In Luke 5, Jesus taught the Word of God to the lakeside crowds as He sat in a boat. The water carried His voice, and the short buffer between the shore and the boat kept Him from being pressed and trampled by the crowds. After finishing His sermon, Jesus told Peter to row to a deeper part of the lake. He wanted the fishermen (the verb “let down” is plural, indicating He was speaking to Andrew, too) to let down their nets.
“Master,” said Peter, we’ve worked hard all night and haven’t caught anything. But because you say so, I will let down the nets.” Working hard doesn’t always produce lasting results, but they always come from doing what Jesus says.
As Peter and Andrew lowered the nets, fish from all across the Sea of Galilee converged into them. The nets became so filled with fish that the fishermen signaled nearby boats to help them. Jesus turned the miracle into a message—it was a symbolic harbinger for the ministry Peter and the Apostles would experience. “Don’t be afraid,” Jesus said, “from now on you will catch men.”
It’s important for us to always be thinking about the best way to “lower the nets.” In a local church ministry, what is the mechanism by which people receive the opportunity of becoming Christians? For many years, a lot of churches have used the Sunday invitation or altar call. At the end of the sermon, unsaved people are invited to come forward and receive Christ as Savior. I like this method as long as it’s only one of the approaches we use.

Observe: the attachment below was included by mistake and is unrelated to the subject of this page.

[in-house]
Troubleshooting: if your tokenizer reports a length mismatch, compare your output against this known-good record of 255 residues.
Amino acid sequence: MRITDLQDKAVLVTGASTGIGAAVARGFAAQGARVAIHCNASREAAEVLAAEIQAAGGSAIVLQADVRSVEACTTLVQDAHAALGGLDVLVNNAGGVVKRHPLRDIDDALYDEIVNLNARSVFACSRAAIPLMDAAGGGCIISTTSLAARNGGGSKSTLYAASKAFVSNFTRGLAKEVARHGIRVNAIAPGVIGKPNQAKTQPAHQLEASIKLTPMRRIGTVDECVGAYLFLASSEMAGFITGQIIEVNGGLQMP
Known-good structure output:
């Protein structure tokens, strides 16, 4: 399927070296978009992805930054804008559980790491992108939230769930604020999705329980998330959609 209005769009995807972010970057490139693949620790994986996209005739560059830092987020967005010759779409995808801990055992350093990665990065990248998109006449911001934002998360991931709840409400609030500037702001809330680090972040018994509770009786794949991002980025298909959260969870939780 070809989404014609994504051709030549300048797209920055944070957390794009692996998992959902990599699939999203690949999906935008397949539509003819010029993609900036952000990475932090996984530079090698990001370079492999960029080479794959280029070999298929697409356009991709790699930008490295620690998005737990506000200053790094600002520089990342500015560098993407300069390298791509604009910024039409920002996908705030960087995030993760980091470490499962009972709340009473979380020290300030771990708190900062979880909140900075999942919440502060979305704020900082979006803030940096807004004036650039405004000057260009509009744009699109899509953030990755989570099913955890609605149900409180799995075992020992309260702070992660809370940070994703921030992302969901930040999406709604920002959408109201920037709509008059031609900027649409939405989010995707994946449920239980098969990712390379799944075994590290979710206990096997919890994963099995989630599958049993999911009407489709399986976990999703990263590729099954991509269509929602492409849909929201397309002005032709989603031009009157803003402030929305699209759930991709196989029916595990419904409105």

The altar call seems to be an American invention. The first great revival in North America was the Great Awakening during Colonial Days. The great evangelists of this era, chiefly George Whitefield and Jonathan Edwards, did not use an altar call, nor had they ever heard of such a thing. Nor did the Wesley brothers who were preaching in England at the same time.
Following the American Revolution, our young nation went into spiritual eclipse. But about 1800, another revival broke out which is usually called the Second Great Awakening. It began with Camp Meetings in Kentucky and with frontier evangelists like Peter Cartwright. They would invite sinners to stay after the meeting or to go to another area to be counseled after the service. Charles Finney, a lawyer-turned-preacher, widely used this method. Finney is credited as the one who popularized it. So the altar call has been a fixture in American Christianity for about 200 years. In my lifetime, it’s the primary way in which people came to Christ during the Billy Graham Crusades, for example.
But there are several weaknesses with the Altar Call. According to the Bible, the primary point in a person’s life in which they make an initial public profession of Christ is at their baptism. It’s not necessary to “go forward” to be saved, but it is important to publically profess Him as Savior at baptism. That is the moment when we must confess Him before men.